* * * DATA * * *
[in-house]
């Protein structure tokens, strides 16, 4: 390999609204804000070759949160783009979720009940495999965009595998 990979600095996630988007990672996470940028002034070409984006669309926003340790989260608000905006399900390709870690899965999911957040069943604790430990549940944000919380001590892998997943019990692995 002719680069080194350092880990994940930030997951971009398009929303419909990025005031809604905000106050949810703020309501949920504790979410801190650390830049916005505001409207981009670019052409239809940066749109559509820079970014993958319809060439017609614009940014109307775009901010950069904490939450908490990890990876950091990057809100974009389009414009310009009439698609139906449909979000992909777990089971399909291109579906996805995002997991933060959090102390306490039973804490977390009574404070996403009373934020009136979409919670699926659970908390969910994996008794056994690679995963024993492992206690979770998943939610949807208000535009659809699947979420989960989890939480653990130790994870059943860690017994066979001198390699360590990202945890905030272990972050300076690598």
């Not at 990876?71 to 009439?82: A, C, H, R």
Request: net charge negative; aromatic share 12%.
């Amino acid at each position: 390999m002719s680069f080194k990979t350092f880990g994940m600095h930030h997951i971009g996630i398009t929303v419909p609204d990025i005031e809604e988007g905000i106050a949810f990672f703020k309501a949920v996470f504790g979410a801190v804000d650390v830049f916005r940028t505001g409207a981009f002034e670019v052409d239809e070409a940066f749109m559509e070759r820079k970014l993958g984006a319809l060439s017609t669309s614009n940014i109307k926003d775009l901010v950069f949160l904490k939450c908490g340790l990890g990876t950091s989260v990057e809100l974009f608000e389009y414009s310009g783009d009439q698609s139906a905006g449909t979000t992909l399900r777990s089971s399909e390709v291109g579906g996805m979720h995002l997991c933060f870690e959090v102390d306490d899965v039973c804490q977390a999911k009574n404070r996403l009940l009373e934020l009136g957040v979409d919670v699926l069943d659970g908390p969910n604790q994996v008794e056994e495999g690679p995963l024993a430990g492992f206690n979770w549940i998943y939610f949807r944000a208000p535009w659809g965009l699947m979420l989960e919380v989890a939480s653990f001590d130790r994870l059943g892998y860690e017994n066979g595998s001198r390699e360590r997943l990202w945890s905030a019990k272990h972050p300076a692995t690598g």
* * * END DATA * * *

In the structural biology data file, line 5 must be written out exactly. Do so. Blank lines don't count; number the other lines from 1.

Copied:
């Amino acid at each position: 390999m002719s680069f080194k990979t350092f880990g994940m600095h930030h997951i971009g996630i398009t929303v419909p609204d990025i005031e809604e988007g905000i106050a949810f990672f703020k309501a949920v996470f504790g979410a801190v804000d650390v830049f916005r940028t505001g409207a981009f002034e670019v052409d239809e070409a940066f749109m559509e070759r820079k970014l993958g984006a319809l060439s017609t669309s614009n940014i109307k926003d775009l901010v950069f949160l904490k939450c908490g340790l990890g990876t950091s989260v990057e809100l974009f608000e389009y414009s310009g783009d009439q698609s139906a905006g449909t979000t992909l399900r777990s089971s399909e390709v291109g579906g996805m979720h995002l997991c933060f870690e959090v102390d306490d899965v039973c804490q977390a999911k009574n404070r996403l009940l009373e934020l009136g957040v979409d919670v699926l069943d659970g908390p969910n604790q994996v008794e056994e495999g690679p995963l024993a430990g492992f206690n979770w549940i998943y939610f949807r944000a208000p535009w659809g965009l699947m979420l989960e919380v989890a939480s653990f001590d130790r994870l059943g892998y860690e017994n066979g595998s001198r390699e360590r997943l990202w945890s905030a019990k272990h972050p300076a692995t690598g």